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Spaightwood Galleries

120 Main Street, Upton MA 01568-6193

Last updated: 6/23/2019
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Womanshow VII: Contemporary Art by American Women Artists

Jennifer Bartlett / Lynda Benglis / Louise Bourgeois / Jonna Rae Brinkman / Louisa Chase / Chryssa / Sue Coe
Lesley Dill / Helen Frankenthaler / Jane Freilicher / Nancy Graves / Harmony Hammond / Margot Humphrey
Anita Jung / Elaine de Kooning / Karen Kunc / Lee Krasner / Lois Lane / Ellen Lanyon / Georgia Marsh
Suzanne McClelland / Phyllis McGibbon / Joan Mitchell / Elizabeth Murray / Judith Murray / Louise Nevelson
Judy Pfaff / Joan Root / Susan Rothenberg / Betye Saar / Niki de St. Phalle / Hollis Sigler / Jaune Quick-to-See Smith
Kiki Smith / Joan Snyder / Pat Steir / May Stevens / Dorothea Tanning / Lenore Thomas / Emmi Whitehorse.
This omnibus show presents some of our personal favorites from our gathering of the works that 40 years ago would not have been found in a standard work like Janson's History of Art but which are now recognized as powerful and, in many cases, classic works. Our interest in contemporary art by women predates Sonja’s class in “Women in the Arts” (which quickly became a course in Women in the Visual Arts) and began with our love for the works of Joan Mitchell, Louise Nevelson, and Helen Frankenthaler and grew from there. We invite you to join us either at the gallery or virtually via an on-line tour of the show which focuses on our first loves—Frankenthaler (including her very recent 51-color screenprint for Lincoln Center, “Southern Exposure”), Mitchell, and Nevelson (including several never-before-shown mixed media works)—and will include original prints by Jennifer Bartlett, Louise Bourgeois, Louisa Chase, Chryssa, Sue Coe, Elaine de Kooning, Leslie Dill, Nancy Graves, Margot Humphrey, Anita Jung, Lee Krasner, Georgia Marsh, Suzanne McClelland, Phyllis McGibbon, Elizabeth Murray, Judy Pfaff, Jaune Quick-to-See Smith, Susan Rothenberg, Betye Saar, Hollis Sigler, Kiki Smith, Joan Snyder, Pat Steir, May Stevens, and Emmi Whitehorse. It will also include a large (8 feet x 6 feet canvas) by Lois Lane and a number of paintings on canvas and paper by Jonna Rae Brinkman, whose works we have shown extensively in our Madison incarnation before moving to Upton last year.

The show includes 12 works by Joan Mitchell, 15 works by Louise Nevelson, and 9 works by Jonna Rae Brinkman. What these works have in common is their high quality; what they offer is, in many cases, a different perspective on some of the most important tendencies in 20th-century art.

Spaightwood Galleries, located in the former Unitarian Church in Upton MA on the corner of Main Street (Highway 140) and Maple Avenue, is available by appointment on Saturdays and Sundays from noon to 6 p.m. and by mutual arrangement at other times.
Helen Frankenthaler (American, b. 1928), Spoleto (Harrison 37). Original 5-color silkscreen, 1972. 100 signed & numbered impressions on Arches published by the Spoleto Festival Foundation and printed by Patricia Yamashiro in NY. The work was commissioned for the Spoleto (Italy) Festival of the Two Worlds. There was also an unsigned poster with text. Image size: 1003x749mm (40"x30"); framed: 48x36 inches. Price: SOLD.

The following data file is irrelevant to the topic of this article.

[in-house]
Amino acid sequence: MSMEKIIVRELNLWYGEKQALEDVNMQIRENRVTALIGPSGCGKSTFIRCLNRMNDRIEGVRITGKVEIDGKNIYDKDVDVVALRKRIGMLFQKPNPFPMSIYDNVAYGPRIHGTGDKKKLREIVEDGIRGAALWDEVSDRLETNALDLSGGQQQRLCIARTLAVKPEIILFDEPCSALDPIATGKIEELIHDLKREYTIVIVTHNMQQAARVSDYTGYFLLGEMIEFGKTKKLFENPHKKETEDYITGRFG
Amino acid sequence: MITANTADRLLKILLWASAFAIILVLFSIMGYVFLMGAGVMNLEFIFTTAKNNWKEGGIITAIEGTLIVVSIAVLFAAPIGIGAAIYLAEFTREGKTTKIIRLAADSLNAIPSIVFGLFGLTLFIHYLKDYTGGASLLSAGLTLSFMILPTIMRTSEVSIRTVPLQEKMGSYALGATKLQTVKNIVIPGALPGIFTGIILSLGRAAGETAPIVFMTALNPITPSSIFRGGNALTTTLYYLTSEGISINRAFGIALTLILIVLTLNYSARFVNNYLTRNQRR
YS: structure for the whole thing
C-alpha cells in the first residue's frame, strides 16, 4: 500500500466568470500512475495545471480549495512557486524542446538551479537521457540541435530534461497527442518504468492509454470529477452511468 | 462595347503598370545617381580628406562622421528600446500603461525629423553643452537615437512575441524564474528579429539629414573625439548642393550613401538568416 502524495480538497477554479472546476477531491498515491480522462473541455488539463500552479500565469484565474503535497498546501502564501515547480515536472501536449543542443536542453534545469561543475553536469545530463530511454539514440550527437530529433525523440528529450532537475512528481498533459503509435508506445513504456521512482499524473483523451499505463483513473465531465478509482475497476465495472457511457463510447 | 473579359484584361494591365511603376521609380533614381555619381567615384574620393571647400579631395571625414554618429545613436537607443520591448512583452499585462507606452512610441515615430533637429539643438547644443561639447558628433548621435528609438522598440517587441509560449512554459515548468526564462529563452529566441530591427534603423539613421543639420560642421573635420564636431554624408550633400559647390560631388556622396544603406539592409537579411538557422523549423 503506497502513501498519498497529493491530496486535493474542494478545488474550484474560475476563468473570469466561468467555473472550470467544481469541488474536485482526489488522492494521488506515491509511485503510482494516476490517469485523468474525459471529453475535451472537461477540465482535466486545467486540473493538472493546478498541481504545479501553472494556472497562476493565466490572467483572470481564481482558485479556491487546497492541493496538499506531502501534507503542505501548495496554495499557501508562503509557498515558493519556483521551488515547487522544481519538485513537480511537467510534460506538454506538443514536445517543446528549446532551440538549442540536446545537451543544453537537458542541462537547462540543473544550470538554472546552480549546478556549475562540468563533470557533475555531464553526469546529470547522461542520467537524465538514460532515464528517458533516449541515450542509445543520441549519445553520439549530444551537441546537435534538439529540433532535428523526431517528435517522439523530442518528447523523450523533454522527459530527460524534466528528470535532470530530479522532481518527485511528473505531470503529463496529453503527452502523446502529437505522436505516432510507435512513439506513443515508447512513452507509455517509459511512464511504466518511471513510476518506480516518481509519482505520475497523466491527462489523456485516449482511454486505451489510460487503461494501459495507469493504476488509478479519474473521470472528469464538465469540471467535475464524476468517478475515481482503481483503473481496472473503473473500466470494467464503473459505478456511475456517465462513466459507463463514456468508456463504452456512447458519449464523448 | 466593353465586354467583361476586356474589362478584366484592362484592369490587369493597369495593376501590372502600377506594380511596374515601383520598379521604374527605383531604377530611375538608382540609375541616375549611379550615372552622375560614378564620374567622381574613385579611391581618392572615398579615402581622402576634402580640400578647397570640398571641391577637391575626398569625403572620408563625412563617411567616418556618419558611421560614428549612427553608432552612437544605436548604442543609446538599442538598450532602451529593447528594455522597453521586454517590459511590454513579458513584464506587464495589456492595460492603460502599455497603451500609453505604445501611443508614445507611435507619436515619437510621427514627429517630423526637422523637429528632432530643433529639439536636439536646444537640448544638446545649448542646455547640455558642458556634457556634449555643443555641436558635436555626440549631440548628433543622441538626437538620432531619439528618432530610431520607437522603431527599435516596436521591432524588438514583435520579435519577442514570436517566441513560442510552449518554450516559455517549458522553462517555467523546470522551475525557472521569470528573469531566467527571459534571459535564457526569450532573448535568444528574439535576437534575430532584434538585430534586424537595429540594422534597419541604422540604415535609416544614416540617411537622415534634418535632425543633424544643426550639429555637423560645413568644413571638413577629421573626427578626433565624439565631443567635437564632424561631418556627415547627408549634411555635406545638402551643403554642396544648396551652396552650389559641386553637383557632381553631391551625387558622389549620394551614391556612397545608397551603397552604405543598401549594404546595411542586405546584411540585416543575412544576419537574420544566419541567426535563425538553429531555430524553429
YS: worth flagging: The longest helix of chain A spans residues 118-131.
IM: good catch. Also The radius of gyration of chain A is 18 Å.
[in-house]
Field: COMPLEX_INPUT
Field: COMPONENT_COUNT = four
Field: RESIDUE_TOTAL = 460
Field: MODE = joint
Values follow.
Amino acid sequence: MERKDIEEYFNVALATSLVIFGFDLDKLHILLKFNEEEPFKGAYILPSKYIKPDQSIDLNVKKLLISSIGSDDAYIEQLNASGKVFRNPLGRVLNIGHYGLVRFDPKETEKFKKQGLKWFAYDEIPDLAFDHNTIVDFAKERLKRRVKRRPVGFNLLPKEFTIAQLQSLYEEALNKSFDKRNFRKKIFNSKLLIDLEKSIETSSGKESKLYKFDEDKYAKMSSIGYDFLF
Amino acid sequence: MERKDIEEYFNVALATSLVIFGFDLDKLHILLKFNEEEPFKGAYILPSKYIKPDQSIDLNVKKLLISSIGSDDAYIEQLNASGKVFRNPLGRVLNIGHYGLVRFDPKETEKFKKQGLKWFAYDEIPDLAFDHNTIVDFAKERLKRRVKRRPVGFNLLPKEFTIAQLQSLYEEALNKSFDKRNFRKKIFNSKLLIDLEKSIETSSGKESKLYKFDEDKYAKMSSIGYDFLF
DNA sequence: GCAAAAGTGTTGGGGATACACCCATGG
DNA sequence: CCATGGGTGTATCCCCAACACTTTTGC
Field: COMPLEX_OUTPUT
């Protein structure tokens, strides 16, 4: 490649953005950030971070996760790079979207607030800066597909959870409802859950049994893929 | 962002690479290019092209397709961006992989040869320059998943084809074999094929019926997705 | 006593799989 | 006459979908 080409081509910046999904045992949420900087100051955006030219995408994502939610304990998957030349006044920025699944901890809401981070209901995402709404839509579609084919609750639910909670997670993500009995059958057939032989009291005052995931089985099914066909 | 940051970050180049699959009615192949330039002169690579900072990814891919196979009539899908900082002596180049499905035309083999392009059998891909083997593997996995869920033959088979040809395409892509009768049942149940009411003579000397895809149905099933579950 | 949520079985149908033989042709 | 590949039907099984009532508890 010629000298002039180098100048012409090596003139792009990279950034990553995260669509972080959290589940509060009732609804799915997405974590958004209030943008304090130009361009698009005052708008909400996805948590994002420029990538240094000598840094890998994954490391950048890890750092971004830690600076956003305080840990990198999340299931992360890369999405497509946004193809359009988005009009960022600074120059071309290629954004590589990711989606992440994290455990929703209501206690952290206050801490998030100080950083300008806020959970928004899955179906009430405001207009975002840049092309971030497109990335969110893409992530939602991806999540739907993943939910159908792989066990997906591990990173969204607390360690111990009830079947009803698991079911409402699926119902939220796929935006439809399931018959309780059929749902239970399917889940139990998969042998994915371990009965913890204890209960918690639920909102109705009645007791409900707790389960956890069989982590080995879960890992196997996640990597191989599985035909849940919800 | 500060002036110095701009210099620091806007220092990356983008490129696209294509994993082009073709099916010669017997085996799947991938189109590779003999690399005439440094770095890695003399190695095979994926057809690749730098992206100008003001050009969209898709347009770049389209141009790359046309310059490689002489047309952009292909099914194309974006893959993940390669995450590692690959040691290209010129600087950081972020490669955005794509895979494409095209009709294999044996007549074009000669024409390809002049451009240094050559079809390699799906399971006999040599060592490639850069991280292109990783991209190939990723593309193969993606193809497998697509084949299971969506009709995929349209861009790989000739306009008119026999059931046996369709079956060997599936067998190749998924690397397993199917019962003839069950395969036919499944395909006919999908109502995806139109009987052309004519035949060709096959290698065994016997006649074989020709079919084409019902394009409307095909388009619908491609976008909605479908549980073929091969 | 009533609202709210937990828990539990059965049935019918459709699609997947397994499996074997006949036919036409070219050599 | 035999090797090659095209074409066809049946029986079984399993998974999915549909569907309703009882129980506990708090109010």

Joan Mitchell (American, 1926-1992), Sunflower 1. Original color etching, 1972. 50 signed and numbered impressions on Arches. Published in Paris in 1972 by Maeght Editeur. Image size: 180x110mm. Price: SOLD.
Louise Nevelson (American, 1899-1988), Composition for the UNESCO Portfolio. (Baro 105). Original color intaglio and stencil, 1970. 75 signed and numbered impressions plus 25 artist's proofs. Printed in Rome at Atelier 2RC on handmade Japanese paper. This is one of Nevelson's most elegant and desirable prints. Image size: 632x457mm. Price: $4850.
Joan Snyder (American, b. 1940). Requiem. Original color lithograph, etching, and woodcut, 1998. 120 signed and numbered impressions for the Madison Print Club plus 20 artist proofs. Snyder has been an important presence in the feminist art movement since the early 1970s. Her work has been shown in many galleries and museum in the US and Europe. In 1994, "Joan Snyder-Painter: 1969 to Now," was featured at the Rose Art Museum, Brandeis University, Waltham (MA). In 1998 the Brooklyn Museum of Art presented a retrospective of her prints; in 2005 “Joan Snyder: A Painting Survey, 1969–2005” opened at the Jewish Museum in NYC organized by Katherine French of the Danforth Museum of Art in Framingham, MA where it is currently showing (Dec. 2005). A book by Hayden Herrera, with an essay by Jenni Sorkin and an introduction by Norman L. Kleeblatt, accompanies the show. Image size: 657x510mm. Price: $2000.
Suzanne McClelland (American, b. 1959), Mankind. Original color lithograph and chine collé, 2004. 120 signed and numbered impressions for the Madison Print Club plus 20 artist proofs. McClelland's work has been shown at the Whitney Museum and galleries & museums in the US, Italy, Germany, Scotland, England, and Austria. Her print here mixes many different kinds of image as it presents an equation: Mankind = Stud. In the crossbar of the T in Stud we see the image of John the Baptist from Grunewald's Isenheim Altarpiece; surrounding it are images from NASA of the spaceship "Challenger" in flight. Image size: 390x322mm. Price: $1800.